The Great British Fleet Event’s second Spotlight falls on Neville Lidford, M.I.M.I., M.F.I.E.A., A.Inst.A.E.A. Selsia’s engineering & operations director talks us through how the industry is changing, how Selsia is reducing touch points in the fleet insurance claims and repairs process, the future of fleet and his thoughts on what has been the most influential fleet car ever.
Lidford says he got into the fleet sector in 2009 when establishing Selsia to centrally manage accident repairs for national fleets. He added, “We saw a massive gap in the market for our services, particularly among the mid-sized fleets where vehicle downtime is critical and they didn’t have any centrally managed procedures in place. Since 2009, we have grown in this space, particularly in the HGV sector.”
Under his current role, Lidford manages the operational support team, which progress chases all repairs going through Selsia’s system, as well as providing engineering support, repair cost and estimate governance on behalf of fleet clients.
In addition, Lidford is responsible for the development of Selsia’s cloud-based repair management portal that controls the business. This includes the development of the system in response to particular fleet and insurance client requirements.
What do you think has been the most influential fleet car ever?
Probably the 1992 Ford Mondeo which put front wheel drive into a family sized car gaining extra interior space. Offering saloon, hatchback and estate, and a driver’s airbag as standard, with reasonable fuel consumption, it was a good bar-setter in its time.
What one element of the fleet industry would you change, if you were able to go back in time?
The government suddenly making diesel the demon after manufacturers had made massive pollution saving steps with Euro 6.
What is your company’s focus for 2019?
Our focus is in development of advanced support systems in the insurance space to reduce touch points in the repair process, which help to close open claims as quickly as possible. We are also very focused in developing our already successful presence in the HGV accident repair sector, as well as moving forward with our award winning SMART Multipoint service where we deliver fast and efficient end-of-life bodywork repair services to avoid end-of-lease penalty charges for fleets.
What else is in the pipeline?
We have a number of new schemes starting up based very much along the lines of our 2019 focus and we will be preparing to upscale our activities accordingly.
What are the key trends to look out for in fleet?
Confusion about BiK, NI costs, fuel economy, whole life costs and emissions. These make it far more difficult for fleet managers and employees to choose the best way to decide upon vehicle provision.
Given current uncertainty, what can fleets do to mitigate this?
During uncertainty, we often see business disruption, reduced investment and sales. What we have always focused on is how we can help to reduce accident repair and the associated costs to the business of having vehicles off the road. I know we keep banging the drum, but our accident repair services are financed by our approved repairer network, so for fleets, our services are provided free of charge and they substantially reduce accident administration costs. For fleets without a formalised accident repair management that reduces costly touch points in the repair management process, I would urge them to seriously look at models like ours.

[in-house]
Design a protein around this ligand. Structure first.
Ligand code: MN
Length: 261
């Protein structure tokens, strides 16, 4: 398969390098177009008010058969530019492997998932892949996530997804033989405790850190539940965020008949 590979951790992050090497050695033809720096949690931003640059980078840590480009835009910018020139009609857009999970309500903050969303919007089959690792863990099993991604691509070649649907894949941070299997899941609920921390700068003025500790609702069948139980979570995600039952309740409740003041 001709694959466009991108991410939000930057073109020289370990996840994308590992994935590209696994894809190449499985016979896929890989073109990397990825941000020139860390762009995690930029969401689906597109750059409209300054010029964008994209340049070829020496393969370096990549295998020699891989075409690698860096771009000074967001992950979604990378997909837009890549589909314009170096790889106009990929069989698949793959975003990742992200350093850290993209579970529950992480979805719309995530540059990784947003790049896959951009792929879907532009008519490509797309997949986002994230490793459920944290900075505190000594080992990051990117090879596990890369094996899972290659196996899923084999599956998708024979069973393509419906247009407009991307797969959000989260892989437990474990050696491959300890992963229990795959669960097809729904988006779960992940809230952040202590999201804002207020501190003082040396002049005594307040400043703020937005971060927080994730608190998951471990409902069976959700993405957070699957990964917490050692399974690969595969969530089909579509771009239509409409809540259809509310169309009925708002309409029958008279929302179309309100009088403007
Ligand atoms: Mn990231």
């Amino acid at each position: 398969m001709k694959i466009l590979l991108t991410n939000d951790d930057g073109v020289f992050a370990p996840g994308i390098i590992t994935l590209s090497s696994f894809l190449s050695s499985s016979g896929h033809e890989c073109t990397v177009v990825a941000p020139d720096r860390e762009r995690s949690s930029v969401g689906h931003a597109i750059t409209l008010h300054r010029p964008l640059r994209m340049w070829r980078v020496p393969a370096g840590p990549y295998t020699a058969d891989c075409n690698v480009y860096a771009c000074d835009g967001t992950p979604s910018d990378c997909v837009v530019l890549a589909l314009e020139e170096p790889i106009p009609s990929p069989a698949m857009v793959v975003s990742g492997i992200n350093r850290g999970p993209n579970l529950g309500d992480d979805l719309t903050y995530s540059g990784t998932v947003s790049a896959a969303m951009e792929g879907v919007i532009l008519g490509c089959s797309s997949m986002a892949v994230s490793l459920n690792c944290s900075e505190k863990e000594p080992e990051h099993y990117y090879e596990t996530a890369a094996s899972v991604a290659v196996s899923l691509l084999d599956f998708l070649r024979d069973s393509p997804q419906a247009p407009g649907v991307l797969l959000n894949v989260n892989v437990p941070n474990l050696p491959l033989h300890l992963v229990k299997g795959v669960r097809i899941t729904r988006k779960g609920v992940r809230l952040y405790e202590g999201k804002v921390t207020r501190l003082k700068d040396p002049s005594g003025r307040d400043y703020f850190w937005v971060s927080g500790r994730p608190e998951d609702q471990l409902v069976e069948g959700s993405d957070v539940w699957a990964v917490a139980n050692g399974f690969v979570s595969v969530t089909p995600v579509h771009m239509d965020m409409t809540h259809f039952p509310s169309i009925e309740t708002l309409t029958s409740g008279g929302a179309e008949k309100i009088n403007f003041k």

In the short term, what do you see changing in fleet?
From our own perspective, I see processes developing which seriously reduce human intervention in the claims process, including artificial intelligence. Unfortunately, we are also likely to see a reduced volume of accidents because of ADAS collision avoidance systems, traffic calming measures and less vehicle mileage as a consequence of digital communications, as well as climate change regulations. For an accident management company, this doesn’t bode particularly well, which is why we future proof our business by developing our systems and customer mix.
Imagine it’s 2040: how do you see the world of fleet?
In a world that is changing so fast 20 years is a long time! With systems for video conferencing improving and the gradually increasing trend for urban dwellers not to run vehicles, I see further reduction in the car fleet. However, I do suggest that the demand for same-day online delivery will increase van usage.
What are your thoughts on electrification, an opportunity or a red herring?
My view is that electrification is a short term fix to the emissions problem. The national infrastructure would not cope with a massive increase in rechargeable electric vehicles. The massive investment made by manufacturers on diesel engine outputs has been wasted in the current trend to go electric. I feel that a better solution will be hydrogen fuel cell with the hydrogen being available at service stations either locally produced or transported in. It also covers the problem of supplying home charging points.